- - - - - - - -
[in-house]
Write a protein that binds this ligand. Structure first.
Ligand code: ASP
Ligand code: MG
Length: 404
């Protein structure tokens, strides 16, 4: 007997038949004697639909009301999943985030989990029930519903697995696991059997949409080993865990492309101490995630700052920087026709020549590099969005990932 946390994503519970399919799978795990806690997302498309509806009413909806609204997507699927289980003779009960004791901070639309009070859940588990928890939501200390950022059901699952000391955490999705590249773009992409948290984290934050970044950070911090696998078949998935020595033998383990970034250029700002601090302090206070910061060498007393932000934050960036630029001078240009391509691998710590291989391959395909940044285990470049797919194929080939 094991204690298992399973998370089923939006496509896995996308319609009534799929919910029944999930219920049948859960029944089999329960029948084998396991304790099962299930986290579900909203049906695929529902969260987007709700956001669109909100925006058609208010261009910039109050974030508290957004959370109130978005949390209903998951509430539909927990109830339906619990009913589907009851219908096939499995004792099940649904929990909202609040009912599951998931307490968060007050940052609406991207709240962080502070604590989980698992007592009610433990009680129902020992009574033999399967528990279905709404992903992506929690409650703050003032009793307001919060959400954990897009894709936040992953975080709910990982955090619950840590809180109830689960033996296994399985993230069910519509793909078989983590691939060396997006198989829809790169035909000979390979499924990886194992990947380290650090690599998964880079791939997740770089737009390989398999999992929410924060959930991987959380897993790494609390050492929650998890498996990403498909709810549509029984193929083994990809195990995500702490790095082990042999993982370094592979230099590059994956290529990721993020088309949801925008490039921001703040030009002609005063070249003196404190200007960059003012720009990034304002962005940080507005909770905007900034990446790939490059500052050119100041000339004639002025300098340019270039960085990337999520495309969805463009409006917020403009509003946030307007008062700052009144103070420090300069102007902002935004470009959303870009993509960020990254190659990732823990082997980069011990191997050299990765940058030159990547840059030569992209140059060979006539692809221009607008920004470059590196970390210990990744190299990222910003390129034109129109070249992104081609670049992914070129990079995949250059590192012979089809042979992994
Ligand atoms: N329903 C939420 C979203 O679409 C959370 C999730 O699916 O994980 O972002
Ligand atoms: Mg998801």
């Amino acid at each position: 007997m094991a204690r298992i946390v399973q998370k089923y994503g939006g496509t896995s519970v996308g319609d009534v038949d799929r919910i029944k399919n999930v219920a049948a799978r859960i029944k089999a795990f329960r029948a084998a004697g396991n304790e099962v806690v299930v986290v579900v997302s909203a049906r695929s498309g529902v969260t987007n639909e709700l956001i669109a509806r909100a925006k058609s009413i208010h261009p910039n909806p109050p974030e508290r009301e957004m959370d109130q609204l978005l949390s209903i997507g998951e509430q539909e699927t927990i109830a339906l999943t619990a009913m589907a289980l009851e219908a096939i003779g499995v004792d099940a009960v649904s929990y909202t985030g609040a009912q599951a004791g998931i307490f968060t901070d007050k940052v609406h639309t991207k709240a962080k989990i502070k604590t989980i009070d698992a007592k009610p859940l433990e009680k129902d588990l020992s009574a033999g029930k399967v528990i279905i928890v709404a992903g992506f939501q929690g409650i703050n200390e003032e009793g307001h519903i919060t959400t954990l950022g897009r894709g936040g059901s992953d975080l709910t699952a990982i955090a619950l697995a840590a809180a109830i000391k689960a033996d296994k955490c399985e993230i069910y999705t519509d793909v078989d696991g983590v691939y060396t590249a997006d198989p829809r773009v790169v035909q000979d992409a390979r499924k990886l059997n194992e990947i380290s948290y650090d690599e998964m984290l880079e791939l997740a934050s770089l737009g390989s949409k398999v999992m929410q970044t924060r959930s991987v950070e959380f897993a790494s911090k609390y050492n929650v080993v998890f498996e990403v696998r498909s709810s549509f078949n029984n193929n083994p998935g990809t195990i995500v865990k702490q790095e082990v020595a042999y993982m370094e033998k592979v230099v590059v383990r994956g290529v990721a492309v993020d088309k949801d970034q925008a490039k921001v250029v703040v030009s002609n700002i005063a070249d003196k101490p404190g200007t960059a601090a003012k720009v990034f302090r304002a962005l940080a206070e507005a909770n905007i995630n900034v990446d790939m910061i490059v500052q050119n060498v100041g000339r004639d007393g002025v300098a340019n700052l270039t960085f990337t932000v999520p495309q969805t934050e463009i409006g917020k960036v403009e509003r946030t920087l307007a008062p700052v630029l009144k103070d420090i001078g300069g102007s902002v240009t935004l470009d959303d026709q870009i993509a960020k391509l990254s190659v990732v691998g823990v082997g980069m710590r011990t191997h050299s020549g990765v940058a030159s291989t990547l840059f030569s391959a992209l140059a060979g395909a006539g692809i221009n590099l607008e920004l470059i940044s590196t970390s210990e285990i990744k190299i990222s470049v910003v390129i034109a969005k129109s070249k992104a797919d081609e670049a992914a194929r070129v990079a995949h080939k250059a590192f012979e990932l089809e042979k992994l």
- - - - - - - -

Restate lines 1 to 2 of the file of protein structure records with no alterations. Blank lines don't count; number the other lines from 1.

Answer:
[in-house]
Write a protein that binds this ligand. Structure first.